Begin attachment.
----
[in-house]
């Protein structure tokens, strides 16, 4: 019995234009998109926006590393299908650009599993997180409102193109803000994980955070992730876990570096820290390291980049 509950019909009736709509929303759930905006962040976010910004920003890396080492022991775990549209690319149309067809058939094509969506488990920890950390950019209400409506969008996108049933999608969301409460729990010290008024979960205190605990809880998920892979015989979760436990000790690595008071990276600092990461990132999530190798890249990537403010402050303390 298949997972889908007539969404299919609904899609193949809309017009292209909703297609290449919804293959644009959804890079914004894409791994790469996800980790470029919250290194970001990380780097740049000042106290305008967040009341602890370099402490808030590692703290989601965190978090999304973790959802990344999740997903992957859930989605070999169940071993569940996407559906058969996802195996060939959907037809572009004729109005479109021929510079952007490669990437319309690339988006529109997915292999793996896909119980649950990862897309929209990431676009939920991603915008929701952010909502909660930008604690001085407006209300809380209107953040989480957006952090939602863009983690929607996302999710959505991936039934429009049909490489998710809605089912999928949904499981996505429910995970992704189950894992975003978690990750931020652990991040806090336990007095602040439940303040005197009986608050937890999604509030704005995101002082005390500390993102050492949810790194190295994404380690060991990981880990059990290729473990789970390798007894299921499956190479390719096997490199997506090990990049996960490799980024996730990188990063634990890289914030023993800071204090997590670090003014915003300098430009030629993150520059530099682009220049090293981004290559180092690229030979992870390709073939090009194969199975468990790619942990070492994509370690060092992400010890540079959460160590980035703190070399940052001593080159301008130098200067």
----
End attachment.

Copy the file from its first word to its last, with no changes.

[in-house]
């Protein structure tokens, strides 16, 4: 019995234009998109926006590393299908650009599993997180409102193109803000994980955070992730876990570096820290390291980049 509950019909009736709509929303759930905006962040976010910004920003890396080492022991775990549209690319149309067809058939094509969506488990920890950390950019209400409506969008996108049933999608969301409460729990010290008024979960205190605990809880998920892979015989979760436990000790690595008071990276600092990461990132999530190798890249990537403010402050303390 298949997972889908007539969404299919609904899609193949809309017009292209909703297609290449919804293959644009959804890079914004894409791994790469996800980790470029919250290194970001990380780097740049000042106290305008967040009341602890370099402490808030590692703290989601965190978090999304973790959802990344999740997903992957859930989605070999169940071993569940996407559906058969996802195996060939959907037809572009004729109005479109021929510079952007490669990437319309690339988006529109997915292999793996896909119980649950990862897309929209990431676009939920991603915008929701952010909502909660930008604690001085407006209300809380209107953040989480957006952090939602863009983690929607996302999710959505991936039934429009049909490489998710809605089912999928949904499981996505429910995970992704189950894992975003978690990750931020652990991040806090336990007095602040439940303040005197009986608050937890999604509030704005995101002082005390500390993102050492949810790194190295994404380690060991990981880990059990290729473990789970390798007894299921499956190479390719096997490199997506090990990049996960490799980024996730990188990063634990890289914030023993800071204090997590670090003014915003300098430009030629993150520059530099682009220049090293981004290559180092690229030979992870390709073939090009194969199975468990790619942990070492994509370690060092992400010890540079959460160590980035703190070399940052001593080159301008130098200067």